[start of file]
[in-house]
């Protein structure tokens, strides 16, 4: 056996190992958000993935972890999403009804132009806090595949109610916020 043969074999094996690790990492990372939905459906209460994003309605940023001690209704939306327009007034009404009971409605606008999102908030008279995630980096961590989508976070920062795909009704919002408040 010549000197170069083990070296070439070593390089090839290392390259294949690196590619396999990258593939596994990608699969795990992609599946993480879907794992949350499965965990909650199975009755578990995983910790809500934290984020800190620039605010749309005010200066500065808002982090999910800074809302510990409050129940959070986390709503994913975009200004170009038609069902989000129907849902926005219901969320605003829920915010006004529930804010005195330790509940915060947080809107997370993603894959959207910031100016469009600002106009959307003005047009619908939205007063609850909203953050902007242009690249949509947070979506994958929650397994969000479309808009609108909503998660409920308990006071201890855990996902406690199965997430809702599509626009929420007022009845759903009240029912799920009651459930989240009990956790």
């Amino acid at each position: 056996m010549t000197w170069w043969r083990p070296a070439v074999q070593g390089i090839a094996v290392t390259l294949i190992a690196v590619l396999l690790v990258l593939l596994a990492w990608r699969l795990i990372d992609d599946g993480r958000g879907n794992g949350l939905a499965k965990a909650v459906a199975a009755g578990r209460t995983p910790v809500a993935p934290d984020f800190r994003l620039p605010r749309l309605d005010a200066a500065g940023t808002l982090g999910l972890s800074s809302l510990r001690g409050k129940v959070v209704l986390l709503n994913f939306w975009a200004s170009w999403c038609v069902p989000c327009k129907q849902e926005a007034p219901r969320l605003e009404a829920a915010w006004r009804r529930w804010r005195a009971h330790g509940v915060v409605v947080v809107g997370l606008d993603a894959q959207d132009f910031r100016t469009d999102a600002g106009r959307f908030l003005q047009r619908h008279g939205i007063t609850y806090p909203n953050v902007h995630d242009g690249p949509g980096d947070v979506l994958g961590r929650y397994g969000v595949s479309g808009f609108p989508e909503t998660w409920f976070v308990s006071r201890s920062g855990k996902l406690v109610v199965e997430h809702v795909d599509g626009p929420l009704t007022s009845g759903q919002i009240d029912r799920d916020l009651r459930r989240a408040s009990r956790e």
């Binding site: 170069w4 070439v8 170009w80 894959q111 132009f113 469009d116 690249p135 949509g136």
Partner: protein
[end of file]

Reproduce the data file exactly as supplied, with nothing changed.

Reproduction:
[in-house]
């Protein structure tokens, strides 16, 4: 056996190992958000993935972890999403009804132009806090595949109610916020 043969074999094996690790990492990372939905459906209460994003309605940023001690209704939306327009007034009404009971409605606008999102908030008279995630980096961590989508976070920062795909009704919002408040 010549000197170069083990070296070439070593390089090839290392390259294949690196590619396999990258593939596994990608699969795990992609599946993480879907794992949350499965965990909650199975009755578990995983910790809500934290984020800190620039605010749309005010200066500065808002982090999910800074809302510990409050129940959070986390709503994913975009200004170009038609069902989000129907849902926005219901969320605003829920915010006004529930804010005195330790509940915060947080809107997370993603894959959207910031100016469009600002106009959307003005047009619908939205007063609850909203953050902007242009690249949509947070979506994958929650397994969000479309808009609108909503998660409920308990006071201890855990996902406690199965997430809702599509626009929420007022009845759903009240029912799920009651459930989240009990956790």
């Amino acid at each position: 056996m010549t000197w170069w043969r083990p070296a070439v074999q070593g390089i090839a094996v290392t390259l294949i190992a690196v590619l396999l690790v990258l593939l596994a990492w990608r699969l795990i990372d992609d599946g993480r958000g879907n794992g949350l939905a499965k965990a909650v459906a199975a009755g578990r209460t995983p910790v809500a993935p934290d984020f800190r994003l620039p605010r749309l309605d005010a200066a500065g940023t808002l982090g999910l972890s800074s809302l510990r001690g409050k129940v959070v209704l986390l709503n994913f939306w975009a200004s170009w999403c038609v069902p989000c327009k129907q849902e926005a007034p219901r969320l605003e009404a829920a915010w006004r009804r529930w804010r005195a009971h330790g509940v915060v409605v947080v809107g997370l606008d993603a894959q959207d132009f910031r100016t469009d999102a600002g106009r959307f908030l003005q047009r619908h008279g939205i007063t609850y806090p909203n953050v902007h995630d242009g690249p949509g980096d947070v979506l994958g961590r929650y397994g969000v595949s479309g808009f609108p989508e909503t998660w409920f976070v308990s006071r201890s920062g855990k996902l406690v109610v199965e997430h809702v795909d599509g626009p929420l009704t007022s009845g759903q919002i009240d029912r799920d916020l009651r459930r989240a408040s009990r956790e």
């Binding site: 170069w4 070439v8 170009w80 894959q111 132009f113 469009d116 690249p135 949509g136």
Partner: protein